Here's what I know: The D.C.-born guy is married to Sofia Coppola, who's pulled off her own intelligent directing job (the upcoming The Virgin Suicides) and is even better known for saying, "Dad?" before keeling over in The Godfather Part III. What husband's doing next is coproducing a movie called Human Natureand working on another, as yet undetermined flick with Charlie Kaufman. But since he seemed pained at the prospect of having to expose any more of himself, I gave the man his greatest reward—his privacy. His head is clearly double-bolted from anyone trying to break in and exploit it, and that's such a rare showbiz phenomenon these days that it kind of excited me.

What's going on in lovable cable host Barry Z's cerebellum is a miniature tug-of-war with, of all people, Michael Feinstein. Barry-with-a-Z once interviewed Feinstein at the singer-pianist's book signing at A Different Light, and asked the guy how it feels to be an openly gay icon. Feinstein said he wasn't. Well, since then, says Z, Feinstein's been weird to him, not wanting to be interviewed, pulling Dr. Ruthaway from his camera's glare, and making dissy remarks over the mike at a MAC award nominations event. When a Feinstein rep recently asked Z for some favor, the host said, "But Michael's been so nasty to me!" "Well, he's mad that you outed him," replied the rep. (Contacted for a response, the front man had no comment.) Oh stop this pianist envy, guys, and kiss—deeply—and make the hell up. Practice!

Meanwhile, gonzo journalist Matt Drudgeis outed in Jeannette Walls's upcoming book, Dish: The Inside Story on the World of Gossip, as I told you last week, and now it's time for some details on this, the real Drudge Report. I hear that Walls—who feels rather sympathetically about Drudge—reveals that he was a lonely only child, a stutterer who performed puppet shows under the sheets (but not on the kitchen counter) and hosted imaginary talk shows into his tape recorder. Occasionally, he'd act up, throwing rocks at classmates, and he once had to be stitched up when one of them threw some back.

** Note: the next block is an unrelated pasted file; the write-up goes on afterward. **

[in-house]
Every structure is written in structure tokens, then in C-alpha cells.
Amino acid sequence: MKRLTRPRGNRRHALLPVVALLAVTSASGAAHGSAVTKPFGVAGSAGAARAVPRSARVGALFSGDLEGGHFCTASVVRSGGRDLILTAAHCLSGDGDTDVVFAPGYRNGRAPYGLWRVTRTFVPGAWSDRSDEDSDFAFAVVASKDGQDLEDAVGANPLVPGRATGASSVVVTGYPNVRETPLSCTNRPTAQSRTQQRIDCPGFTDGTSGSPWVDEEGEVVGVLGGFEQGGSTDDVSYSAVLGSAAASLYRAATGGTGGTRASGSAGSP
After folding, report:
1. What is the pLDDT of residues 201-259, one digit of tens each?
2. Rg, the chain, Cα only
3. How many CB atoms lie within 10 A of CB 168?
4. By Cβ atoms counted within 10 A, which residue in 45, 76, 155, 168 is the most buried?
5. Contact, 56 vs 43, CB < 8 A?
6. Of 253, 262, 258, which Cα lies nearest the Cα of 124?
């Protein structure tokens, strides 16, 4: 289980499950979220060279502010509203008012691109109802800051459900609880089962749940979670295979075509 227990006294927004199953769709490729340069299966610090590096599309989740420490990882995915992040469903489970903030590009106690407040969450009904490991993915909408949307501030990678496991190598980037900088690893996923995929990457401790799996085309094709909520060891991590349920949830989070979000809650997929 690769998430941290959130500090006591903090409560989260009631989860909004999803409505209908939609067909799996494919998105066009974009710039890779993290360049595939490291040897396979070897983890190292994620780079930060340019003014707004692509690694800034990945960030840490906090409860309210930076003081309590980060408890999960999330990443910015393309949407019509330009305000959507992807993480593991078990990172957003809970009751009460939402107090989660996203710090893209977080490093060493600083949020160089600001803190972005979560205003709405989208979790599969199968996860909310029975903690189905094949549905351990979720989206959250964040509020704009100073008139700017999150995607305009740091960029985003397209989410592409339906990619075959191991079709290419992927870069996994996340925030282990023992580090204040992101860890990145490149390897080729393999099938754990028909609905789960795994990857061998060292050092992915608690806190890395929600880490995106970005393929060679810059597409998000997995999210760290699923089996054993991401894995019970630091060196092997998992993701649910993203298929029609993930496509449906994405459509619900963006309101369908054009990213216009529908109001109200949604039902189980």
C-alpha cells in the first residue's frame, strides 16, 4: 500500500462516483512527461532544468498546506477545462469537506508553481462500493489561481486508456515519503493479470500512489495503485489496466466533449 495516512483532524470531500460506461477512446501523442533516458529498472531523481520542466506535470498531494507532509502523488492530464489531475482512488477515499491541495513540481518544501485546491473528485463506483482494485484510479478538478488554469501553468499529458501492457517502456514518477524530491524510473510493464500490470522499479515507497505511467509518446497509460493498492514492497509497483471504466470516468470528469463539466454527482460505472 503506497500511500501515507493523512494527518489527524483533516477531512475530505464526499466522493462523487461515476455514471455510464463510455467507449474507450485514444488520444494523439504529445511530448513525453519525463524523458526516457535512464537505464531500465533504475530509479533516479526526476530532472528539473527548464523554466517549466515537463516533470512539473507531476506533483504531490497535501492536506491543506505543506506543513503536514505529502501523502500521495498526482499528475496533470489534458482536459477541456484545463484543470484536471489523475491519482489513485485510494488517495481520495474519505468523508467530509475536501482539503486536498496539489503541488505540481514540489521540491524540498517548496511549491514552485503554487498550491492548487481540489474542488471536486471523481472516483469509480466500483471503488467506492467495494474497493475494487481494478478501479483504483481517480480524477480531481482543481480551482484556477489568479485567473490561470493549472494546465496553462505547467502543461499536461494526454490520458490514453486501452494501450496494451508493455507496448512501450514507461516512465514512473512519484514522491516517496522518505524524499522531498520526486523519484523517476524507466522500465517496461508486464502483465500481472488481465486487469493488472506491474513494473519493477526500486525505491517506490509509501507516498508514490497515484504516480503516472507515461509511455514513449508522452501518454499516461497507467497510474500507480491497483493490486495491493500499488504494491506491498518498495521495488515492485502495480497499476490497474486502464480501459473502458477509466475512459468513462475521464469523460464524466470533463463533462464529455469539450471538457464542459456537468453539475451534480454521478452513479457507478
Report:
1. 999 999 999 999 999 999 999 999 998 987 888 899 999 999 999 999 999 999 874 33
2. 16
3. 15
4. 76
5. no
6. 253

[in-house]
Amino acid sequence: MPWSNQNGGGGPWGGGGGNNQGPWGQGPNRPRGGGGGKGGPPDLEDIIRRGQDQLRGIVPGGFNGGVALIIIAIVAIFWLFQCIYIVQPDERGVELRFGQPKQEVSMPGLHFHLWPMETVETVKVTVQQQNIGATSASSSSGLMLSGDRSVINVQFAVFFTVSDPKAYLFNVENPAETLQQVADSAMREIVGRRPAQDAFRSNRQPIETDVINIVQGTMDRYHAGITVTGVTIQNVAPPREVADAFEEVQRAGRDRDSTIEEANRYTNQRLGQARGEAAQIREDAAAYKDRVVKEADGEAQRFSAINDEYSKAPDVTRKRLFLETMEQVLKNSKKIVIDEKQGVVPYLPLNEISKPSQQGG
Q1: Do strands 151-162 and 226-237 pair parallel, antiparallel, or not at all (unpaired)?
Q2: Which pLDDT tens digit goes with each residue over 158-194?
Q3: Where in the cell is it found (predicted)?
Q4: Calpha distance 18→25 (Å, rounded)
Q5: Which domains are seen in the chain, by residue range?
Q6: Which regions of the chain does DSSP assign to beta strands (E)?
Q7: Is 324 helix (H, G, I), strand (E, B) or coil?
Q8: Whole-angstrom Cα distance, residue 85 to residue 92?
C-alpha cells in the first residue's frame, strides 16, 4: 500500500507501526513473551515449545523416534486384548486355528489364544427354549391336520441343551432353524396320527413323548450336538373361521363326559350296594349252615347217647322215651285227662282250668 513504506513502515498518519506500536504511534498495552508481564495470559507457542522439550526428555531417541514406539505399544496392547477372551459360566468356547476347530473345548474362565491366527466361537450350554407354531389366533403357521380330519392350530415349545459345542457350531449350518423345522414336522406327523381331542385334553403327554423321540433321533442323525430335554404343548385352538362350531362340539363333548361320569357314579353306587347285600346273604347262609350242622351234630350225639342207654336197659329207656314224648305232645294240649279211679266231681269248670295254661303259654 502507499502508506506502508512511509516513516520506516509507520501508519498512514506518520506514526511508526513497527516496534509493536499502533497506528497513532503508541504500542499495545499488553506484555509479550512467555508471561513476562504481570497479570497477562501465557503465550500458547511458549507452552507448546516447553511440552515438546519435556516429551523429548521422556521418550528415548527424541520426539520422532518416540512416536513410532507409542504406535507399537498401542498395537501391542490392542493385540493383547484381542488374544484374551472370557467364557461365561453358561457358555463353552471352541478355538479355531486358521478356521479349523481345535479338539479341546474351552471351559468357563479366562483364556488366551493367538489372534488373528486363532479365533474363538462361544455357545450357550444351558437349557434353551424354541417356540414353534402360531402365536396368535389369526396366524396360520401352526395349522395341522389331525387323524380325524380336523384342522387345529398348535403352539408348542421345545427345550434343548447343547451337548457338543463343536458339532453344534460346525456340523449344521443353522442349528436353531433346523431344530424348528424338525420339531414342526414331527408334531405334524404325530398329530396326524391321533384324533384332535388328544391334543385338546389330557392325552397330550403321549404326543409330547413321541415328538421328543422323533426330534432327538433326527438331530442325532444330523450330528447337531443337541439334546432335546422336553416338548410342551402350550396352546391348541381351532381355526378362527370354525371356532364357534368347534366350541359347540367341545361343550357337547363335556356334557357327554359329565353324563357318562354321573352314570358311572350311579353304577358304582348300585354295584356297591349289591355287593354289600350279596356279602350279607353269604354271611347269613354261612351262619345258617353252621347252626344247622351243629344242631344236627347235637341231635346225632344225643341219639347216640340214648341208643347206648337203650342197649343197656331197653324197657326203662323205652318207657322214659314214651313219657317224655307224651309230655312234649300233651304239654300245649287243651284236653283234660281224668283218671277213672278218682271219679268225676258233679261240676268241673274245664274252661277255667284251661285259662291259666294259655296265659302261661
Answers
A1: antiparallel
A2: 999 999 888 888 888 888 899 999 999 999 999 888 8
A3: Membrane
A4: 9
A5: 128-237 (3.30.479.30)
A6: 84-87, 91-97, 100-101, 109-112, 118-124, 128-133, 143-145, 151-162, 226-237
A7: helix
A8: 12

Years later, as a night manager at a 7-Eleven in Maryland, Drudge hung out with promiscuous gay men and had same-sex relationships himself. One old cohort says Drudge seemed open and comfortable about his sexuality, though they never actually talked about it. But Drudge still misbehaved at times, at one point throwing a pitcher of beer into the air and causing a hailstorm equal to President Clinton's eventual one on that dress. The portrait painted by Walls is that of an outcast-turned-unlikely-star who's vehement about unmasking others while poignantly (if hypocritically) clinging to his own veil of secrecy. What was left out of the book? According to an old beau, Drudge once cracked eggs over his head during sex. Better than rocks, right?

Finally, if you like 'em hard-boiled, the first of this season's two musicals called The Wild Party is a mild party brimming with talent and passion, but suffused with a little too much . . . I don't know, too much much. Still, Taye Diggsneeds to be the next pop superstar, and I loved Idina Menzel's song that starts, "I was born in a ditch in West Virginia." That part I could have played without changing a word.

musto@villagevoice.com